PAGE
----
Gare SmithGare Smith: Mr. Smith founded and chairs the corporate social responsibility practice at the law firm Foley Hoag LLP. He provides counsel on compliance programs to address labor conditions, community relations, security, indigenous rights, environmental stewardship, and the rule of law. Mr. Smith previously served as Vice President for CSR at one of the world’s most recognized clothing brands. As Senior Foreign Policy Advisor and Counsel to Senator Edward M. Kennedy, he created the first voluntary code of conduct for U.S. multinationals. He was appointed by the White House to serve as Principal Deputy Assistant Secretary in the U.S. State Department’s Bureau of Democracy, Human Rights and Labor. In that role, he helped to launch President Bill Clinton’s Model Business Principles and served as U.S. representative to the U.N. Human Rights Commission, the International Labor Organization, and the U.N. Working Group on Indigenous Peoples. Mr. Smith has authored three books on codes of conduct and international human rights standards, which were published by the World Bank and the International Finance Corporation.
John RuggieJohn Ruggie: Mr. Ruggie is the former U.N. Secretary General’s Special Representative for Business and Human Rights, a current Harvard professor, and recently joined Foley Hoag LLP’s corporate social responsibility practice as a senior advisor. One of the premier authorities on corporate citizenship and responsibility, Mr. Ruggie served as U.N. Special Representative for Business and Human Rights from 2005-2011 with a mandate to propose measures to strengthen human rights performance of the business sector around the world. He authored the Guiding Principles on Business and Human Rights, which the U.N. Human Rights Council unanimously endorsed in 2011. In his role at Foley Hoag, Mr. Ruggie advises clients on human rights-related risk and other aspects of corporate citizenship. This includes helping multinational clients navigate the Guiding Principles on Business and Human Rights and apply them to their global business practices. He is the Berthold Beitz Professor in Human Rights and International Affairs at Harvard’s John F. Kennedy School of Government and an Affiliated Professor in International Legal Studies at Harvard Law School.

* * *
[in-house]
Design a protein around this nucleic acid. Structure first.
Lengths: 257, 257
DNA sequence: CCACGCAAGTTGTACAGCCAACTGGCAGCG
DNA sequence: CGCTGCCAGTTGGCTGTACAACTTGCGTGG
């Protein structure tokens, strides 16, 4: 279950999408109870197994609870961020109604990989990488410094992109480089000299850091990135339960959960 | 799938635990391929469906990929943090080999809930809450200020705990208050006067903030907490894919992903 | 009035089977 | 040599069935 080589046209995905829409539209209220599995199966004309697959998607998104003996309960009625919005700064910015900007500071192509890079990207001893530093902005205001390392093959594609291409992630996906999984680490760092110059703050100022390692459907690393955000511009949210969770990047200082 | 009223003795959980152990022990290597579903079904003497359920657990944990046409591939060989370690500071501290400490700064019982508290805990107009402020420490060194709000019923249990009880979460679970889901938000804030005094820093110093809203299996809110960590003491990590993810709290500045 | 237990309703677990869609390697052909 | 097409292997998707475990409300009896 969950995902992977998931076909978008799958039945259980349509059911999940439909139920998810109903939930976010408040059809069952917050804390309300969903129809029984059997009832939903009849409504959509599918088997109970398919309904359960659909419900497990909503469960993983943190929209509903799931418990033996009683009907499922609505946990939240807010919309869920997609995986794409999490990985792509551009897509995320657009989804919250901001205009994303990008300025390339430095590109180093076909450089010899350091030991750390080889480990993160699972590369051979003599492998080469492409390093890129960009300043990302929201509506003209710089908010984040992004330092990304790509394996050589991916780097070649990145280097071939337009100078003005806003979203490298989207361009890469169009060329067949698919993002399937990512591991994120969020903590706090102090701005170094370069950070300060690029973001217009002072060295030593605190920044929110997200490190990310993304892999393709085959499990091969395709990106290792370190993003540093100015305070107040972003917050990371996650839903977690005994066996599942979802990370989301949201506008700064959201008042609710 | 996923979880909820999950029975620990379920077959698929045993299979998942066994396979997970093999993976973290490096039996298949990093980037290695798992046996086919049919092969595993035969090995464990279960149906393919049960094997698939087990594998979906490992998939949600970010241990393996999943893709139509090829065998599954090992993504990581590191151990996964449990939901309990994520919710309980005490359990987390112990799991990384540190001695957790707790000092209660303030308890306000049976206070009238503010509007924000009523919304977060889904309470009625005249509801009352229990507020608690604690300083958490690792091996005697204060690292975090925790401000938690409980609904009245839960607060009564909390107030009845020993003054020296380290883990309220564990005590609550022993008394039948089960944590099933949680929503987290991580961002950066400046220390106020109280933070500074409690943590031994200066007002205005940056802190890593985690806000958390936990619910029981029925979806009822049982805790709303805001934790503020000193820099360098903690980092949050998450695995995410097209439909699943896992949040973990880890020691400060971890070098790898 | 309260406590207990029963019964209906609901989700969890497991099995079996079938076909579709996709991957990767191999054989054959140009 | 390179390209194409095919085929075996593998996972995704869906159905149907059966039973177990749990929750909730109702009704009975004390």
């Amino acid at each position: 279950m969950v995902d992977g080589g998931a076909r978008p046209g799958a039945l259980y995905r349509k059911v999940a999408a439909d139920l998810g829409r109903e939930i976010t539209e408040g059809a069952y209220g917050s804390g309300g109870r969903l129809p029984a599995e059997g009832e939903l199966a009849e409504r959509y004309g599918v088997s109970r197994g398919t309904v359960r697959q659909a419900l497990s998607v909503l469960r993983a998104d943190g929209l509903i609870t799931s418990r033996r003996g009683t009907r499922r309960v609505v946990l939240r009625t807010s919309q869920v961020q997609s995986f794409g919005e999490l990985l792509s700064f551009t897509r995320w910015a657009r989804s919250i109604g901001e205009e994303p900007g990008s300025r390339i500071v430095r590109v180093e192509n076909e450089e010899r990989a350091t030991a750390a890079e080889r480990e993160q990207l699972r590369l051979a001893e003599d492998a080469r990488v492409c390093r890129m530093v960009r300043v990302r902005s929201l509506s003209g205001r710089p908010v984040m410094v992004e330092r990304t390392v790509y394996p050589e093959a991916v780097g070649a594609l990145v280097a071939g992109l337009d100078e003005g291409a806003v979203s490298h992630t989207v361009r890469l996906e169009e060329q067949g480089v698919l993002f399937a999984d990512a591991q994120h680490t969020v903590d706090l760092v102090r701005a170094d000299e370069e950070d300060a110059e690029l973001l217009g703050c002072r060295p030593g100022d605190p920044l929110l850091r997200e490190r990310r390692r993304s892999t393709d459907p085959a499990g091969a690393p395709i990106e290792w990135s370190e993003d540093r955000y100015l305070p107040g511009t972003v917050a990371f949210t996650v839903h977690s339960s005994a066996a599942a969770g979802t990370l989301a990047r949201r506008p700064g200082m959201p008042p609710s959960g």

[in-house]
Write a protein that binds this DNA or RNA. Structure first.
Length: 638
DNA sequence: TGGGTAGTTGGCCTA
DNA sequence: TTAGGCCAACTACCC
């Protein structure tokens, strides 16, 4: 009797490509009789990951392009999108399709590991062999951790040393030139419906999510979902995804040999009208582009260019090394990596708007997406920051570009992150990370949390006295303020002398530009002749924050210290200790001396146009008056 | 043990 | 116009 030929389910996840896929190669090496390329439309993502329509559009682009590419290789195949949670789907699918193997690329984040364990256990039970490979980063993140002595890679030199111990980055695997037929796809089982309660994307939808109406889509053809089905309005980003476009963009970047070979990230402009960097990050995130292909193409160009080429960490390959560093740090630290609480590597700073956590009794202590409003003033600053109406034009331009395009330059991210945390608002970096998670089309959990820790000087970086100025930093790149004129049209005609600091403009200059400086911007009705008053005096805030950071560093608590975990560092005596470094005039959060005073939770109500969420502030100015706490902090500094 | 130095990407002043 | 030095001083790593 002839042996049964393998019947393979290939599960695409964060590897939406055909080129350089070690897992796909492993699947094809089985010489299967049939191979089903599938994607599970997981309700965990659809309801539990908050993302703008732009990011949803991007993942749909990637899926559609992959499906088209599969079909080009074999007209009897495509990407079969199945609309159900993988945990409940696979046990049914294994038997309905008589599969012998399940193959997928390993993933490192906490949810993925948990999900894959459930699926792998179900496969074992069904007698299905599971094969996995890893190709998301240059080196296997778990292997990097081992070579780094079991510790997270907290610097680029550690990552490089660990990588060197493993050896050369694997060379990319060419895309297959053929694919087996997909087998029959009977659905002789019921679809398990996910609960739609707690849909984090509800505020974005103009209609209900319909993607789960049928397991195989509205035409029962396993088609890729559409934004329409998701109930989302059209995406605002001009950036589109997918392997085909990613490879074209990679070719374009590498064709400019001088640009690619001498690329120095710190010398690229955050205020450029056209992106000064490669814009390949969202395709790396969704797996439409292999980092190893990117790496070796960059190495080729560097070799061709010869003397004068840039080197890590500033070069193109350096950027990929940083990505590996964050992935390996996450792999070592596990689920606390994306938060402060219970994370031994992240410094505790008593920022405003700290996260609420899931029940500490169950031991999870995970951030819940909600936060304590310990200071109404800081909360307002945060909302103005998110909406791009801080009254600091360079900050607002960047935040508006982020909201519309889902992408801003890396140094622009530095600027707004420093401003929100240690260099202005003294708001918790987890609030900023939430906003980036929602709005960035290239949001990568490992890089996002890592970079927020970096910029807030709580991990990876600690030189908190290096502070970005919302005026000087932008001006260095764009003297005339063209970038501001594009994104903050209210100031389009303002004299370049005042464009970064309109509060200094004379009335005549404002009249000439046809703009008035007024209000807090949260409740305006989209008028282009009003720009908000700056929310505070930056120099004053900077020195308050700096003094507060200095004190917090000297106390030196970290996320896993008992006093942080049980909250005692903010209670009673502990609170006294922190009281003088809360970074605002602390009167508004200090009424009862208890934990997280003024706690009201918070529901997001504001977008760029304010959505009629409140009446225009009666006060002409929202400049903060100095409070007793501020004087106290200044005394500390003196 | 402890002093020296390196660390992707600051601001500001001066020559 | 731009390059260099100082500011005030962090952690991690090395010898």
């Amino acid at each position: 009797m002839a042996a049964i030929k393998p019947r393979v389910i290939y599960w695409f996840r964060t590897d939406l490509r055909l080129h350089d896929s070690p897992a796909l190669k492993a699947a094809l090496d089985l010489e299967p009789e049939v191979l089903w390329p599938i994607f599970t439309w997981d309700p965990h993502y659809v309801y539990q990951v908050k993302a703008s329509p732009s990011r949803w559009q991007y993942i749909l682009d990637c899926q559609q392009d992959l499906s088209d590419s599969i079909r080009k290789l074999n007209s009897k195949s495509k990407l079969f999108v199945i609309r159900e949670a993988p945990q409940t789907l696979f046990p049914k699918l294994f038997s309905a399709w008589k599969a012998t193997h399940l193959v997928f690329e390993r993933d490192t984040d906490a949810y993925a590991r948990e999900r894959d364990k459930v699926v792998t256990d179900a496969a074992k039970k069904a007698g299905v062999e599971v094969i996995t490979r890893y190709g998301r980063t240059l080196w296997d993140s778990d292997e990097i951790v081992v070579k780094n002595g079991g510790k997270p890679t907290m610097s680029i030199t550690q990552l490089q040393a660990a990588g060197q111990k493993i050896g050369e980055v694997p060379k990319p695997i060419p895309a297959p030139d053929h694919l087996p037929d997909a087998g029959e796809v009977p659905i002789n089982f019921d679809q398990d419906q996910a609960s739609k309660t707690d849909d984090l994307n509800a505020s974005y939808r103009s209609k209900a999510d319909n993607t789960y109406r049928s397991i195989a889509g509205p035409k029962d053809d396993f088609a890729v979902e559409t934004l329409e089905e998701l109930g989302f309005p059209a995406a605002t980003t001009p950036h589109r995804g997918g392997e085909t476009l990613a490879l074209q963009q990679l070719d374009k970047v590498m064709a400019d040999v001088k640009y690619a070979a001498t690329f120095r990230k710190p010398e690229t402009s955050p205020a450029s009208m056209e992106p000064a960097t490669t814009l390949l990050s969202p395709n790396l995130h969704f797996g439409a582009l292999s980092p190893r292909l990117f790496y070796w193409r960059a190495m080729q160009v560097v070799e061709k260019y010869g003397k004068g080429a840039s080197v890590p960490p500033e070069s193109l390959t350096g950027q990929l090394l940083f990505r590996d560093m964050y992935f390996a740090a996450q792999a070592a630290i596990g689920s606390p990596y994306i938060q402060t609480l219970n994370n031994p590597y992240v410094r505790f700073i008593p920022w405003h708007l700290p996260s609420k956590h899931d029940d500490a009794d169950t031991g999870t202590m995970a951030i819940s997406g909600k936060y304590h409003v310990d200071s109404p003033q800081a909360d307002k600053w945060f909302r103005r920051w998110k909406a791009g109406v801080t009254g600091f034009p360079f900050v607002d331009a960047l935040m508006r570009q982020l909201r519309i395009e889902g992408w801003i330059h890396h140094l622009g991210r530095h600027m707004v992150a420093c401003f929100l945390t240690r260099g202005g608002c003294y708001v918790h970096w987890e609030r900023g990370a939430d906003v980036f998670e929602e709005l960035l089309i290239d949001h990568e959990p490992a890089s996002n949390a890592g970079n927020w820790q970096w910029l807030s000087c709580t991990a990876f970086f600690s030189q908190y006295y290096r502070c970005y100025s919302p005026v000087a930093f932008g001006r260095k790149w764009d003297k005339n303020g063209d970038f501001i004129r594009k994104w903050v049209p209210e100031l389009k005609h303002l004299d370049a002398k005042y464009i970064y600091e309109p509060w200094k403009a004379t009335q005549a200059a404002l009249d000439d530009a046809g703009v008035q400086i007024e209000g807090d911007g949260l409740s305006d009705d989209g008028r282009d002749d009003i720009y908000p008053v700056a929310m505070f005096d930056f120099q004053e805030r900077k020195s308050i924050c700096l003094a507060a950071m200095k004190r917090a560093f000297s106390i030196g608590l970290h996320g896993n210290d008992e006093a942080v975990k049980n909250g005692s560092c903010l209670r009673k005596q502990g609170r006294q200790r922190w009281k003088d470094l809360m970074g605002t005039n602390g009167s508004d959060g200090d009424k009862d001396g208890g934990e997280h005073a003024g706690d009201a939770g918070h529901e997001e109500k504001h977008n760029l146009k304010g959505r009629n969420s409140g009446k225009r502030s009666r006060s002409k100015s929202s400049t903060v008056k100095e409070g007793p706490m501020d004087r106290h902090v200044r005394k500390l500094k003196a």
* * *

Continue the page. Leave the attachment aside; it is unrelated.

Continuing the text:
Barrick Gold Corporation is a Toronto-based gold mining company and industry leader, with a portfolio of 26 operating mines, and projects on five continents. Barrick trades on the Toronto and New York Stock Exchanges and employs 25,000 people worldwide. The company has been ranked as a world leader in social and environmental responsibility for the fourth consecutive year by the Dow Jones Sustainability Index. Barrick is also listed on the NASDAQ Global Sustainability Index of the top 100 companies.
Learn more about Barrick’s social, environmental, safety and economic development programs at www.BarrickBeyondBorders.com.